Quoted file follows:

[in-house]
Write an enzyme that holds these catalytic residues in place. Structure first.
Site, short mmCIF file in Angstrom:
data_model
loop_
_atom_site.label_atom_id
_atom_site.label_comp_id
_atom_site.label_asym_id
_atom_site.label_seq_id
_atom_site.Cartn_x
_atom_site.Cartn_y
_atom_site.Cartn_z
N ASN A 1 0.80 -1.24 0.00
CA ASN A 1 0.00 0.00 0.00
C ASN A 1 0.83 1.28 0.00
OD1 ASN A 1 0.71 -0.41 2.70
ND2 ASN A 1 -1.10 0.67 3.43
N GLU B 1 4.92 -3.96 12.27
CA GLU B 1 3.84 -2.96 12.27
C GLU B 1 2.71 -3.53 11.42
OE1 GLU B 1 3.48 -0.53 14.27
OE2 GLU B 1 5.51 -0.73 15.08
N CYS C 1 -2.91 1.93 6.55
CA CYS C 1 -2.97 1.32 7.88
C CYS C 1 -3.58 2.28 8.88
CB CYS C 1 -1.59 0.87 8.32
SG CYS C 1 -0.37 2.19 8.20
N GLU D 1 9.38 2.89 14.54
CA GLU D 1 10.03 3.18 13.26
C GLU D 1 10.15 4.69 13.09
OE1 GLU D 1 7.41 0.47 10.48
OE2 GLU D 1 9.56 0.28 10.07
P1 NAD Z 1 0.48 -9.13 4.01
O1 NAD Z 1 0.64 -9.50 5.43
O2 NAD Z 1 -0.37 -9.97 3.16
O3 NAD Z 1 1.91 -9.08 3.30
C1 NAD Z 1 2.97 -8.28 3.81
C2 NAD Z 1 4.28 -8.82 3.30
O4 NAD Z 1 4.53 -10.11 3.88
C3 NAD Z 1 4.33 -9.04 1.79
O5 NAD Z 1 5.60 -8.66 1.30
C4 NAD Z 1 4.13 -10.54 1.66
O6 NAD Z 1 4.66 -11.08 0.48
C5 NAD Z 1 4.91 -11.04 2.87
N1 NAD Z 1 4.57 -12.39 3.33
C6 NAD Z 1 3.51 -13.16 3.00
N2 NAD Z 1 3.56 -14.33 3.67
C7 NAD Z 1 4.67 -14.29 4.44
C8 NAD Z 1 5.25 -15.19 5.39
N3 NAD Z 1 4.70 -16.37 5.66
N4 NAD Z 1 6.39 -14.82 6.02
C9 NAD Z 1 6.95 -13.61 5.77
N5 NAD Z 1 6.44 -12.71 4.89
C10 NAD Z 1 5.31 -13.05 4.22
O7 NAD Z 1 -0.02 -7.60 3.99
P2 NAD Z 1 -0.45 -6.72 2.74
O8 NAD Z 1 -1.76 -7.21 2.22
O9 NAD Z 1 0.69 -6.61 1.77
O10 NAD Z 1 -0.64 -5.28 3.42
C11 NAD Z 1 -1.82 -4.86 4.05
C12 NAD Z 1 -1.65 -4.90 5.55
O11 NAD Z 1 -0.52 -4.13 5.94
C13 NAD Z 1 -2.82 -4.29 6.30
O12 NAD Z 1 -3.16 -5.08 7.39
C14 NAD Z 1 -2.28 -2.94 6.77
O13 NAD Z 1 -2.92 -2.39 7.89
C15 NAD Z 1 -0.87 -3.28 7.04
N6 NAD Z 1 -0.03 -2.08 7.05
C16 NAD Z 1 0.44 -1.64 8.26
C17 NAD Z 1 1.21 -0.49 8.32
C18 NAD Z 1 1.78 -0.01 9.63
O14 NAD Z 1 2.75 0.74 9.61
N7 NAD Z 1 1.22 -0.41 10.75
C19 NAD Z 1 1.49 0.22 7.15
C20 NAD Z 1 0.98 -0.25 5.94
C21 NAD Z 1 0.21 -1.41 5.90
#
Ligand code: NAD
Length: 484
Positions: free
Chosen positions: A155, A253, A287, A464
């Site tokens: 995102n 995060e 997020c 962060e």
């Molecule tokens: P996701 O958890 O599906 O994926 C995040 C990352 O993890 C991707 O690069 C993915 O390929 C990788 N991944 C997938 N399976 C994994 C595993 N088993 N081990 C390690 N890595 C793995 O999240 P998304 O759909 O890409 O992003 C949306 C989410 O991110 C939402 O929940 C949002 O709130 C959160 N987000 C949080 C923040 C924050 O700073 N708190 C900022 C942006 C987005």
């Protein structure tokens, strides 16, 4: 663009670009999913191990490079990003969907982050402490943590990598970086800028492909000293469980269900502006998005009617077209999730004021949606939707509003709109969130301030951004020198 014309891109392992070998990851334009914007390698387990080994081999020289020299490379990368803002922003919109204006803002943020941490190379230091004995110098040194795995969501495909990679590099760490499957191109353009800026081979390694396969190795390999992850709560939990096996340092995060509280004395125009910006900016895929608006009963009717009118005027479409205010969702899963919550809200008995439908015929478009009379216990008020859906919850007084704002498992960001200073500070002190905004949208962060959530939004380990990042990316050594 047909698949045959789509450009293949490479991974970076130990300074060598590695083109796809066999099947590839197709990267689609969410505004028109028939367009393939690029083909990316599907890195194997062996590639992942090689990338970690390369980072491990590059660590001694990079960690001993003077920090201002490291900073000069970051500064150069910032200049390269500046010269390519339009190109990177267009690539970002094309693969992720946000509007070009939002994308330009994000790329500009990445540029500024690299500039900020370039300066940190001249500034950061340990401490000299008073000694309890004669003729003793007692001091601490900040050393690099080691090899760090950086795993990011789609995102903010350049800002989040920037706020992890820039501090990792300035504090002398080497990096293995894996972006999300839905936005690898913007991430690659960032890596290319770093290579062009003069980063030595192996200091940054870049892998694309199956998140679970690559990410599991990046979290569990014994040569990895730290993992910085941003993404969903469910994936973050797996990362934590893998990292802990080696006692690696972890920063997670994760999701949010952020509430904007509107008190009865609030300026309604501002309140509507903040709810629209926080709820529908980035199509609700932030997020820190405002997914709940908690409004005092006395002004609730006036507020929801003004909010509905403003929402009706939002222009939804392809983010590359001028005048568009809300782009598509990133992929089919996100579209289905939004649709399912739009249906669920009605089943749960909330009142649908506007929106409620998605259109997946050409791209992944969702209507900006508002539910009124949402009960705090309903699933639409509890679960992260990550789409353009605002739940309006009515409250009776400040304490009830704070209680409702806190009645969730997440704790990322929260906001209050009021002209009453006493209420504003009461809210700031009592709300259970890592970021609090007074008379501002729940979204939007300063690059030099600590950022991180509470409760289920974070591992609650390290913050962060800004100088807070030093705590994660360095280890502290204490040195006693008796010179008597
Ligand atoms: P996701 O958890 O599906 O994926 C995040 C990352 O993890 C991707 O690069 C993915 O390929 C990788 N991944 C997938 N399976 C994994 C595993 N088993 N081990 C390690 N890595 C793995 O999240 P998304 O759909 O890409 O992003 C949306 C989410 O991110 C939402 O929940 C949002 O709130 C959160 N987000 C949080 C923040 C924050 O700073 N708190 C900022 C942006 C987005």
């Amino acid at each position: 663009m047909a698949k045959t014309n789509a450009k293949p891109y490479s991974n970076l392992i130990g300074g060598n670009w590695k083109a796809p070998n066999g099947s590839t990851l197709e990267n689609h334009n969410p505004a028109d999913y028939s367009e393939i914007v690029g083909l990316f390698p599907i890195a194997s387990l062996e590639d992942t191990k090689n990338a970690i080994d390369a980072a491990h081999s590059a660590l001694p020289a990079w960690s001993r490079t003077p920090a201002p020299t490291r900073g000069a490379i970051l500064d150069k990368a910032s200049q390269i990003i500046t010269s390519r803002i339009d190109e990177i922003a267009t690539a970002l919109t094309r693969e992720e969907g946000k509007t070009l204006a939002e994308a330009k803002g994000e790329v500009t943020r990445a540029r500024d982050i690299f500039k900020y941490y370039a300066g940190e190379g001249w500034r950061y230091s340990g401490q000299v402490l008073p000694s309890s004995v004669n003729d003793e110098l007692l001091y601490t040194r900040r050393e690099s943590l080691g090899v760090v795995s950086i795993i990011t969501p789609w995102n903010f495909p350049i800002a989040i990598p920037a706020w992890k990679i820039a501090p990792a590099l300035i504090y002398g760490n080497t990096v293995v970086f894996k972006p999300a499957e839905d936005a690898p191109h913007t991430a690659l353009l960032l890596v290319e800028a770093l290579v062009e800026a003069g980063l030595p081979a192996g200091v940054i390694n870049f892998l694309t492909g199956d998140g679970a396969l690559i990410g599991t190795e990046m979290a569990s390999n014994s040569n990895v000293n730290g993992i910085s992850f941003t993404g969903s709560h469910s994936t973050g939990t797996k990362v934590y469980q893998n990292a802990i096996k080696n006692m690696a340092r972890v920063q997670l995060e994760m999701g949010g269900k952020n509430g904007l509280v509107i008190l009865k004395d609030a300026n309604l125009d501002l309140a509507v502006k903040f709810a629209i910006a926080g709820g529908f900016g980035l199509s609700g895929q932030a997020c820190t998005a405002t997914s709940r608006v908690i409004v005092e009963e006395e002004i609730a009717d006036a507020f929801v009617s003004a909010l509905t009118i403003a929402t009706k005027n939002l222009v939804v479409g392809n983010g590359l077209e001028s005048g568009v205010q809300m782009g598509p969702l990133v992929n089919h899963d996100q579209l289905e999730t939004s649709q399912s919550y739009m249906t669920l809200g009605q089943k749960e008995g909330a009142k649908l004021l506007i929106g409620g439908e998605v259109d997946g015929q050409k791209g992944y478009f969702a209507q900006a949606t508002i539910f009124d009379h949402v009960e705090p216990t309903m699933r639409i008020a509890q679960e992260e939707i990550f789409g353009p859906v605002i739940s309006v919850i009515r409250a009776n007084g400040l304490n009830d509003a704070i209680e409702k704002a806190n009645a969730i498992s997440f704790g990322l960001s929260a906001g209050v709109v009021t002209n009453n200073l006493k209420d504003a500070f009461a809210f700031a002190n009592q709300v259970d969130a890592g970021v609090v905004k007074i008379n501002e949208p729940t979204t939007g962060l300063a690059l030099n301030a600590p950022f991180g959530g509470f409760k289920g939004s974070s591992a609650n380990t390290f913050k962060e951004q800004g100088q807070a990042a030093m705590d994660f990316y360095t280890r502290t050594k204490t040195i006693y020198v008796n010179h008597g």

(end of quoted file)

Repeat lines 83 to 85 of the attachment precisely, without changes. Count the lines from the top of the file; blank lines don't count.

């Molecule tokens: P996701 O958890 O599906 O994926 C995040 C990352 O993890 C991707 O690069 C993915 O390929 C990788 N991944 C997938 N399976 C994994 C595993 N088993 N081990 C390690 N890595 C793995 O999240 P998304 O759909 O890409 O992003 C949306 C989410 O991110 C939402 O929940 C949002 O709130 C959160 N987000 C949080 C923040 C924050 O700073 N708190 C900022 C942006 C987005």
């Protein structure tokens, strides 16, 4: 663009670009999913191990490079990003969907982050402490943590990598970086800028492909000293469980269900502006998005009617077209999730004021949606939707509003709109969130301030951004020198 014309891109392992070998990851334009914007390698387990080994081999020289020299490379990368803002922003919109204006803002943020941490190379230091004995110098040194795995969501495909990679590099760490499957191109353009800026081979390694396969190795390999992850709560939990096996340092995060509280004395125009910006900016895929608006009963009717009118005027479409205010969702899963919550809200008995439908015929478009009379216990008020859906919850007084704002498992960001200073500070002190905004949208962060959530939004380990990042990316050594 047909698949045959789509450009293949490479991974970076130990300074060598590695083109796809066999099947590839197709990267689609969410505004028109028939367009393939690029083909990316599907890195194997062996590639992942090689990338970690390369980072491990590059660590001694990079960690001993003077920090201002490291900073000069970051500064150069910032200049390269500046010269390519339009190109990177267009690539970002094309693969992720946000509007070009939002994308330009994000790329500009990445540029500024690299500039900020370039300066940190001249500034950061340990401490000299008073000694309890004669003729003793007692001091601490900040050393690099080691090899760090950086795993990011789609995102903010350049800002989040920037706020992890820039501090990792300035504090002398080497990096293995894996972006999300839905936005690898913007991430690659960032890596290319770093290579062009003069980063030595192996200091940054870049892998694309199956998140679970690559990410599991990046979290569990014994040569990895730290993992910085941003993404969903469910994936973050797996990362934590893998990292802990080696006692690696972890920063997670994760999701949010952020509430904007509107008190009865609030300026309604501002309140509507903040709810629209926080709820529908980035199509609700932030997020820190405002997914709940908690409004005092006395002004609730006036507020929801003004909010509905403003929402009706939002222009939804392809983010590359001028005048568009809300782009598509990133992929089919996100579209289905939004649709399912739009249906669920009605089943749960909330009142649908506007929106409620998605259109997946050409791209992944969702209507900006508002539910009124949402009960705090309903699933639409509890679960992260990550789409353009605002739940309006009515409250009776400040304490009830704070209680409702806190009645969730997440704790990322929260906001209050009021002209009453006493209420504003009461809210700031009592709300259970890592970021609090007074008379501002729940979204939007300063690059030099600590950022991180509470409760289920974070591992609650390290913050962060800004100088807070030093705590994660360095280890502290204490040195006693008796010179008597
Ligand atoms: P996701 O958890 O599906 O994926 C995040 C990352 O993890 C991707 O690069 C993915 O390929 C990788 N991944 C997938 N399976 C994994 C595993 N088993 N081990 C390690 N890595 C793995 O999240 P998304 O759909 O890409 O992003 C949306 C989410 O991110 C939402 O929940 C949002 O709130 C959160 N987000 C949080 C923040 C924050 O700073 N708190 C900022 C942006 C987005």